Small Drinking Water Systems
The Department of Environmental Health (DEH) Small Drinking Water Systems program's purpose is to protect public health by helping water system owners and operators to provide pure and safe drinking water by preventing waterborne diseases, identifying risks of bacteriological, chemical and/or radiological contamination, conducting inspections, providing technical assistance, and working in partnership with the small drinking water systems in San Diego County. The DEH has an agreement with the State Water Resources Control Board, Division of Drinking Water for administration and enforcement of the Federal and State statutes and regulations for any water systems under 200 service connections.
- California Rural Water Association (CRWA): Training Schedule
- Rural Community Assistance Corporation (RCAC): Training Schedule
|Randy Sandoval, EHS II||(858) 694-3113|
|Breyanna Lyles, EHS II||(858) 694-3113|
|Fax Number||(858) 514-6583|
|Main Land and Water Quality Phone Number||(858) 565-5173|
- Provide testing schedules for each water system at the beginning of each calendar year
- Provide technical assistance
- Coordinate with the CRWA and the RCAC to provide drinking water workshops in San Diego County
- Provide assistance in obtaining grants and loans
- Assist small drinking water systems to be in compliance with the CA Safe Drinking Water Act through regular inspections, providing water quality monitoring schedules, and enforcement of statutes and regulations
Water System Classifications
- A Community water system is a public water system that has 15 to 199 service connections used by year-long residents, or regularly serves at least 25 year-long residents. Water systems that have 200 or more service connections used by year-long residents are regulated by the State of California Department of Public Health. An example would be a community with residential homes served by a single water system.
- A Non-Transient Non-Community water system is a public water system that is not a Community water system and regularly serves at least the same 25 persons during 6 months per year. An example would be a school or workplace.
- A Transient Non-Community water system is a Non-Community public water system that does not provide water to the same 25 persons during 6 months per year. An example would be a campground or park.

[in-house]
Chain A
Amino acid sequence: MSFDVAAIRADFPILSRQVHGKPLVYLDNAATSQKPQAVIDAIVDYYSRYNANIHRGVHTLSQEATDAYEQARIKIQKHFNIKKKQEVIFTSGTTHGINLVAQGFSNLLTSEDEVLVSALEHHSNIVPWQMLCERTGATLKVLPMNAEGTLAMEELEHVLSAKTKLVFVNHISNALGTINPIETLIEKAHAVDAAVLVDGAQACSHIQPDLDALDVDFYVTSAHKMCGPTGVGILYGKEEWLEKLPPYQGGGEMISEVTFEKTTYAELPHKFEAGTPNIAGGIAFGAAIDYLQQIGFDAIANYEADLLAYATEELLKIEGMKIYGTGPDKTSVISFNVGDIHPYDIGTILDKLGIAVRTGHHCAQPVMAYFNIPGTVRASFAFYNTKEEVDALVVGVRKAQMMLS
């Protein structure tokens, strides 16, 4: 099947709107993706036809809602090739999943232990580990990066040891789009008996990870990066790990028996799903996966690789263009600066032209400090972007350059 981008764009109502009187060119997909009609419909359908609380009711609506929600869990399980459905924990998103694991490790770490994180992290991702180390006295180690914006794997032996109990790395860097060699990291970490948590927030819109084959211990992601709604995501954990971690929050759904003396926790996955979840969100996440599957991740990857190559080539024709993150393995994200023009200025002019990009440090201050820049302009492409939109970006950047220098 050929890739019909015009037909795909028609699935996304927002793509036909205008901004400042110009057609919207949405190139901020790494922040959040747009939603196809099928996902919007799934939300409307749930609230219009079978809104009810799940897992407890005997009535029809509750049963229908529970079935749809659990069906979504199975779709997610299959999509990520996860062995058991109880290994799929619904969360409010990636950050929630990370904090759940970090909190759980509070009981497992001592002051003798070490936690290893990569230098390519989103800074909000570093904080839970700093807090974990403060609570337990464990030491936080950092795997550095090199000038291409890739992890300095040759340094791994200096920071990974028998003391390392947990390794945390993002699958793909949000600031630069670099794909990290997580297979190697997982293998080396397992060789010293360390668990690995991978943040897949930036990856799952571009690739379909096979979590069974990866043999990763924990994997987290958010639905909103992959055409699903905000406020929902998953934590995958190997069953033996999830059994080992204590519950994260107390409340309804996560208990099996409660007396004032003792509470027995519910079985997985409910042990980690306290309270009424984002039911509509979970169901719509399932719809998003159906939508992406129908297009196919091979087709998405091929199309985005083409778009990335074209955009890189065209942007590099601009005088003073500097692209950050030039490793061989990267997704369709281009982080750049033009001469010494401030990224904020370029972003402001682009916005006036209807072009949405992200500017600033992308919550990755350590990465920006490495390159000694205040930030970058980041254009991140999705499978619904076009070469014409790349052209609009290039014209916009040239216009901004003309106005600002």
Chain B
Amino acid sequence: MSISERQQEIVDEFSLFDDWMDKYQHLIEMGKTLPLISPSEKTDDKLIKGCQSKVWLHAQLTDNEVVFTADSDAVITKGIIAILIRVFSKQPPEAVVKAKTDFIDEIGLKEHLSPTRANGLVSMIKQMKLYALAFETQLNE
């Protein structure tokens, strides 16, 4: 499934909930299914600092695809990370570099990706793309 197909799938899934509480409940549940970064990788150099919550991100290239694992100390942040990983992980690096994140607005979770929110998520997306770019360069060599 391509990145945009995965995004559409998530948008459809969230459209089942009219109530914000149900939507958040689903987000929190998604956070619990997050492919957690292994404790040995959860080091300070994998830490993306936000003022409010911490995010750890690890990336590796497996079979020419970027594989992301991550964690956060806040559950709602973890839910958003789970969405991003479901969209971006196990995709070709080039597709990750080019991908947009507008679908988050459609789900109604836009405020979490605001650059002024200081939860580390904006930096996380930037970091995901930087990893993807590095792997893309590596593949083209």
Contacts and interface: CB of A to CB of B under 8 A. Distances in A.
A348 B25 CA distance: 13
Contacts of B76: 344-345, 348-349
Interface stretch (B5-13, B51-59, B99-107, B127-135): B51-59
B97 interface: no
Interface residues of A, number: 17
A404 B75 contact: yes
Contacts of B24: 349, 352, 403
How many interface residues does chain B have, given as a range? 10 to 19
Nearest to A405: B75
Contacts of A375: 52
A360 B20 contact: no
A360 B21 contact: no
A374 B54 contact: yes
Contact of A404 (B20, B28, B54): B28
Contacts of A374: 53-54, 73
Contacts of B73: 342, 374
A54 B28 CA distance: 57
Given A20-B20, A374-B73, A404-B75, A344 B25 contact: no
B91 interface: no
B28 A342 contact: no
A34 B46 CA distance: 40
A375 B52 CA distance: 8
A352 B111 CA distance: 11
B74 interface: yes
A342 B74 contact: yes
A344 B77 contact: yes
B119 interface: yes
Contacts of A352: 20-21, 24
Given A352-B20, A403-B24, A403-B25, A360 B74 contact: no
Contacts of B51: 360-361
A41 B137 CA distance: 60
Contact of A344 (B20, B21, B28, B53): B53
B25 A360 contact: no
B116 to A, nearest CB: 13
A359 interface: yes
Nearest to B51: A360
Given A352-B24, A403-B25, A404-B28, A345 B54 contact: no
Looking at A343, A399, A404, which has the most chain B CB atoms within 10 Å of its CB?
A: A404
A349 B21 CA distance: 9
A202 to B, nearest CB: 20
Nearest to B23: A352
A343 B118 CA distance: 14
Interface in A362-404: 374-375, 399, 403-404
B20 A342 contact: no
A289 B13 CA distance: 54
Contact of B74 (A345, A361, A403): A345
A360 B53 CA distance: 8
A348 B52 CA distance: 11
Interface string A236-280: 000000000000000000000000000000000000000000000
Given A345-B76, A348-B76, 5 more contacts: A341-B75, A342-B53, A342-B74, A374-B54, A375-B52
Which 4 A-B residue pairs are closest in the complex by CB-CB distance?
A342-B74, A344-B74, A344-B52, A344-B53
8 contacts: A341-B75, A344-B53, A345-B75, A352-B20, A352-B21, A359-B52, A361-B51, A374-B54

- A State Small Water System is a public water system that has 5 to 14 residential service connections, and does not regularly serve potable water to more than 25 individuals for more than 60 days out of the year. An example would be a small residential community with 10 homes served by a single water supply.
Water Quality Monitoring
Bacteriological Monitoring Requirements:
All small drinking water systems are required to test for the presence of total coliform bacteria on a regular basis per Federal and State Drinking Water Standards. Community water systems and Non-Transient Non-Community water systems are required to test for bacteria on a monthly schedule. Transient Non-Community and State Small water systems are required to test quarterly for the presence of total coliform bacteria. All water quality testing is required to be analyzed by a State-certified laboratory.
Chemical Monitoring Requirements:
In addition to bacteriological monitoring requirements, small drinking water systems are required to test for chemical constituents that are described in Title 22 California Code of Regulations. Primary Maximum Contaminant Levels (MCL's) address health concerns. Secondary MCL's are aesthetic standards that deal with taste and odor of the water, and are not health hazards. Contact the Small Drinking Water Systems Program at (858) 694-3113 for specific water quality testing for your small drinking water system.
For additional information please contact us or see the following links:
- Chemicals and Contaminants in Drinking Water
- Recently Adopted State Drinking Water Regulations
- Consumer Confidence Reports
- Distribution and Treatment System Operator Certification
- TMF (Technical, Management, and Financial Assessment) Requirements
- Groundwater Rule (Effective December 1, 2009)
- Bacteriological Sample Siting Plan For Monthly Testing
- Bacteriological Sample Siting Plan For Quarterly Testing
- Emergency Notification Plan